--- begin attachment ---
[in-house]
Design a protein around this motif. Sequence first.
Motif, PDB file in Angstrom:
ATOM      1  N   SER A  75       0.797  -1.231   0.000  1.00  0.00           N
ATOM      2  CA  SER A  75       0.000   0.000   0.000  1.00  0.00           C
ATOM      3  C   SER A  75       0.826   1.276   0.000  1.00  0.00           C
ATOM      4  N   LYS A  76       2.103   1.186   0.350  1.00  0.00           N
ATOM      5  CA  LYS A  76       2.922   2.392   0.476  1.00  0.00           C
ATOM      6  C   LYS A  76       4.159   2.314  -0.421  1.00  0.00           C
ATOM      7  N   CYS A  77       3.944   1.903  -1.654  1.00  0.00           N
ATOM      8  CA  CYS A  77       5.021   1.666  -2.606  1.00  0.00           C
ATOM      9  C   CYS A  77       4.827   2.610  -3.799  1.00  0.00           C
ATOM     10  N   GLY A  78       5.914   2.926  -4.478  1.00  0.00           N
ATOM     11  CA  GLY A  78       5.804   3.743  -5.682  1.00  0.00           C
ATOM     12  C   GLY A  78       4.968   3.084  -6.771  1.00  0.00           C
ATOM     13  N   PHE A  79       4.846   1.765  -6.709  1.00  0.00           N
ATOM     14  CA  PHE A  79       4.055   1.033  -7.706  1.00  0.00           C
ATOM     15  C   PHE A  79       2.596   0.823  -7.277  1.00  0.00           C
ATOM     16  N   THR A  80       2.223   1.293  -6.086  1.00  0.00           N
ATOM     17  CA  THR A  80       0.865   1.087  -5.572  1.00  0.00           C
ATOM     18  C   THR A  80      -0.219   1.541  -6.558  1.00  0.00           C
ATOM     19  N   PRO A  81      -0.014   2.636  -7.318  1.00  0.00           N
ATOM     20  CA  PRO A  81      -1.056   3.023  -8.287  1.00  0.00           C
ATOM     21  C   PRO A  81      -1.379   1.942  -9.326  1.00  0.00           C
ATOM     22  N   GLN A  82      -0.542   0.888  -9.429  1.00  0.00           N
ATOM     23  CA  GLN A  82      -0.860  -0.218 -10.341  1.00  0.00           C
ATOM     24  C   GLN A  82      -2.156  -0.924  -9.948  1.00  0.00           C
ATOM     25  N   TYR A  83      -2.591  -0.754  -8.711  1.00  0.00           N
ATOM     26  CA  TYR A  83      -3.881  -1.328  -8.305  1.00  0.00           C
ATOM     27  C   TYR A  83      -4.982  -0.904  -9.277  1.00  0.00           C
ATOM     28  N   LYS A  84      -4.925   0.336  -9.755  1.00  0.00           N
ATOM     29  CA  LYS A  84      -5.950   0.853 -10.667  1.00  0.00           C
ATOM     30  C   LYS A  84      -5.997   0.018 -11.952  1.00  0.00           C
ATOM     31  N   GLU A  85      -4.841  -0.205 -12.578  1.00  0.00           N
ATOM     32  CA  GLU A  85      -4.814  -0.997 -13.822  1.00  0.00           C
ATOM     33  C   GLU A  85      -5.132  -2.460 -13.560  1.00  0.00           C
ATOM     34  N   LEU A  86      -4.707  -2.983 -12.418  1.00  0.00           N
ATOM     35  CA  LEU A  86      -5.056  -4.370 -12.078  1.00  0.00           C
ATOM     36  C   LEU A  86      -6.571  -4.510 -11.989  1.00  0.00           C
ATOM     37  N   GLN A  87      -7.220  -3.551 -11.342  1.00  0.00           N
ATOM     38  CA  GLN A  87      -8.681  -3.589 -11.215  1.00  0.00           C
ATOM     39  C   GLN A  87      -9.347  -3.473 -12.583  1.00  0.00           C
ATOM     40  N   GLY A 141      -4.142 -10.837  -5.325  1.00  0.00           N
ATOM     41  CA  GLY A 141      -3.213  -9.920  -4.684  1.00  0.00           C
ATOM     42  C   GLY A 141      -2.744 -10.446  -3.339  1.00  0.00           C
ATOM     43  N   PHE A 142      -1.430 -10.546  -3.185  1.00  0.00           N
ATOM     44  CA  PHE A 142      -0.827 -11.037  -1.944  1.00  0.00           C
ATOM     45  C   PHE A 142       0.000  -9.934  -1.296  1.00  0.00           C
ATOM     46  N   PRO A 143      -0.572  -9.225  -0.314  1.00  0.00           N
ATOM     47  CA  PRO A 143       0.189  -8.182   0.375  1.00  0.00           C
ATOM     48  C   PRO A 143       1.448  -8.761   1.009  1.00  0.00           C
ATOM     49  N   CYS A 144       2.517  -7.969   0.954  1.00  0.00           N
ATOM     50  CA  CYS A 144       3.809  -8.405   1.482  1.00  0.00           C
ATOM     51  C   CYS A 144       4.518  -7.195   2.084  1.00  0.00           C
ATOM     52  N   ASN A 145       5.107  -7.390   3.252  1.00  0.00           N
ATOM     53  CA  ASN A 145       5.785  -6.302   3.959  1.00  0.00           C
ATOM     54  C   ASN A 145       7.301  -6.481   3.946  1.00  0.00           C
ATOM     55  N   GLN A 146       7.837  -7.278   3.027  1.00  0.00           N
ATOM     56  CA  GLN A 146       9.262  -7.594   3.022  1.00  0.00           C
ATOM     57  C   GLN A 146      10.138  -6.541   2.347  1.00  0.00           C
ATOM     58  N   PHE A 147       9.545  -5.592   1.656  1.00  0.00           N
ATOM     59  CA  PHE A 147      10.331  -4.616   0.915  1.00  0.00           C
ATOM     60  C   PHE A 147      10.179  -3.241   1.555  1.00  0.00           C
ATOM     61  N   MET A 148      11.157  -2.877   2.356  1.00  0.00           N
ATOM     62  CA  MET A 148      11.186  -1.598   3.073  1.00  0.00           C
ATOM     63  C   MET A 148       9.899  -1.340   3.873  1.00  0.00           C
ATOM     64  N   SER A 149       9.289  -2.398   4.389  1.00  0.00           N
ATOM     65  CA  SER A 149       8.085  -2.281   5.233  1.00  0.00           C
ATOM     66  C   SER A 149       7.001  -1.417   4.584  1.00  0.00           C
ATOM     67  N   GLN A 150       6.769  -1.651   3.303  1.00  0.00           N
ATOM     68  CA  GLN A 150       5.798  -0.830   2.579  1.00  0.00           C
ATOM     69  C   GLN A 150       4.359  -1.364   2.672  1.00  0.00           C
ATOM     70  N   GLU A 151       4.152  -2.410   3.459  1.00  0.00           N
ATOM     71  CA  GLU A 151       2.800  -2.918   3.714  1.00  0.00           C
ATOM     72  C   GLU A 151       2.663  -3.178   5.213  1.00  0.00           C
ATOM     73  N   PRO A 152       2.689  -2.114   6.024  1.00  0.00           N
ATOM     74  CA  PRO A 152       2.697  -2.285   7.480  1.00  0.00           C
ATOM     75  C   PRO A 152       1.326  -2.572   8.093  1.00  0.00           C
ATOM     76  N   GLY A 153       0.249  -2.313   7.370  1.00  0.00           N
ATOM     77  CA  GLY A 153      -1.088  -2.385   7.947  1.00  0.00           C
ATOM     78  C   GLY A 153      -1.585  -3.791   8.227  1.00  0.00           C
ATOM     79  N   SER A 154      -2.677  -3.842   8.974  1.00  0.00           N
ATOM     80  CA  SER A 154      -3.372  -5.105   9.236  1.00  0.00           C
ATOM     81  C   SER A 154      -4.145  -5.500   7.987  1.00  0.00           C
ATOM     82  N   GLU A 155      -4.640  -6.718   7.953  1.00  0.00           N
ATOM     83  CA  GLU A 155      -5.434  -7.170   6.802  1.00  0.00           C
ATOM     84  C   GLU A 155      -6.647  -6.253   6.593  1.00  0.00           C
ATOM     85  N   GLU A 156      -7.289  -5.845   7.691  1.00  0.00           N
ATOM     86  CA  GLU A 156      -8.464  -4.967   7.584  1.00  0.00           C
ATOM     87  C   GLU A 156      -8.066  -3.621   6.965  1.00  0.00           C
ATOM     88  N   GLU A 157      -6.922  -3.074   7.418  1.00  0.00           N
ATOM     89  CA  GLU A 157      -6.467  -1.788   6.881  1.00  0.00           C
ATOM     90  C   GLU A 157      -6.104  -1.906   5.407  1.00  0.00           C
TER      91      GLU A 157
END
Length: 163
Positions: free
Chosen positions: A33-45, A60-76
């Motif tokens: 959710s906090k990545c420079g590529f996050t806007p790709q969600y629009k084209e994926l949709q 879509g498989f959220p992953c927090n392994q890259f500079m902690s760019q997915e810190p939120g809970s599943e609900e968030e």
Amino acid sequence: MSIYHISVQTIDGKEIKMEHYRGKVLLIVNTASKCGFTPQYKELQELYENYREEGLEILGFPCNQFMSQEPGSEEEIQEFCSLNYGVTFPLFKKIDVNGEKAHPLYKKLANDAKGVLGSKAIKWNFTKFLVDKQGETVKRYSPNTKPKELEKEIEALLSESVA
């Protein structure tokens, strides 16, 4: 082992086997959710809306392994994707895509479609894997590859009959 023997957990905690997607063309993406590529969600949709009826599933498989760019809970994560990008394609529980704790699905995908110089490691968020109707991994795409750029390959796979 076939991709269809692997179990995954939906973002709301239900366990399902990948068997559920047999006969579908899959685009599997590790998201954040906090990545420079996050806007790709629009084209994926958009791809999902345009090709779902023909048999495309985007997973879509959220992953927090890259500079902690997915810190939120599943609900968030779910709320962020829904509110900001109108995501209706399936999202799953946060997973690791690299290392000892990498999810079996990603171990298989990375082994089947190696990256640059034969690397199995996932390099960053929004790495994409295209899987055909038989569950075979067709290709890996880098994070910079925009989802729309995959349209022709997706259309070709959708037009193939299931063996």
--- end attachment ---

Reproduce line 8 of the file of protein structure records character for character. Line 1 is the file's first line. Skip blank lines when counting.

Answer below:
ATOM      5  CA  LYS A  76       2.922   2.392   0.476  1.00  0.00           C